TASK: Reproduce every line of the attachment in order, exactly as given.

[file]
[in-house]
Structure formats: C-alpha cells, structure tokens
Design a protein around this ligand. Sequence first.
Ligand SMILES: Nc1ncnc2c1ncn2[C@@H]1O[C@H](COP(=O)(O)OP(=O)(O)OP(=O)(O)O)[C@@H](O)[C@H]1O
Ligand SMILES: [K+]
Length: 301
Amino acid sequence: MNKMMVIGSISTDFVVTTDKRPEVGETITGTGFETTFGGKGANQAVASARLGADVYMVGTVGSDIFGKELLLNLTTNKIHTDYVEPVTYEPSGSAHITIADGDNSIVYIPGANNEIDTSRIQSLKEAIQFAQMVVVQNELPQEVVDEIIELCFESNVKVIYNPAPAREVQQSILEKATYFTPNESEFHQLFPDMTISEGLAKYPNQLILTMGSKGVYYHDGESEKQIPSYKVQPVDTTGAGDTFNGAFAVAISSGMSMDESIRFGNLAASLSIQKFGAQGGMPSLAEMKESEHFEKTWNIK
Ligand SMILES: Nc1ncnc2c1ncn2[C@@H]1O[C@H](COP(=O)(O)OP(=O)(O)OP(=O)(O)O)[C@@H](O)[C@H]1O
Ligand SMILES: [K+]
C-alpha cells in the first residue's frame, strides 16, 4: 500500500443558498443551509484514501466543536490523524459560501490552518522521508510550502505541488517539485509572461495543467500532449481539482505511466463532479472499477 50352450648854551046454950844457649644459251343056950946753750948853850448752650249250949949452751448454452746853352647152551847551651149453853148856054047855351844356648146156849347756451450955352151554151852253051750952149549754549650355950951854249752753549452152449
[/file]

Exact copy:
[in-house]
Structure formats: C-alpha cells, structure tokens
Design a protein around this ligand. Sequence first.
Ligand SMILES: Nc1ncnc2c1ncn2[C@@H]1O[C@H](COP(=O)(O)OP(=O)(O)OP(=O)(O)O)[C@@H](O)[C@H]1O
Ligand SMILES: [K+]
Length: 301
Amino acid sequence: MNKMMVIGSISTDFVVTTDKRPEVGETITGTGFETTFGGKGANQAVASARLGADVYMVGTVGSDIFGKELLLNLTTNKIHTDYVEPVTYEPSGSAHITIADGDNSIVYIPGANNEIDTSRIQSLKEAIQFAQMVVVQNELPQEVVDEIIELCFESNVKVIYNPAPAREVQQSILEKATYFTPNESEFHQLFPDMTISEGLAKYPNQLILTMGSKGVYYHDGESEKQIPSYKVQPVDTTGAGDTFNGAFAVAISSGMSMDESIRFGNLAASLSIQKFGAQGGMPSLAEMKESEHFEKTWNIK
Ligand SMILES: Nc1ncnc2c1ncn2[C@@H]1O[C@H](COP(=O)(O)OP(=O)(O)OP(=O)(O)O)[C@@H](O)[C@H]1O
Ligand SMILES: [K+]
C-alpha cells in the first residue's frame, strides 16, 4: 500500500443558498443551509484514501466543536490523524459560501490552518522521508510550502505541488517539485509572461495543467500532449481539482505511466463532479472499477 50352450648854551046454950844457649644459251343056950946753750948853850448752650249250949949452751448454452746853352647152551847551651149453853148856054047855351844356648146156849347756451450955352151554151852253051750952149549754549650355950951854249752753549452152449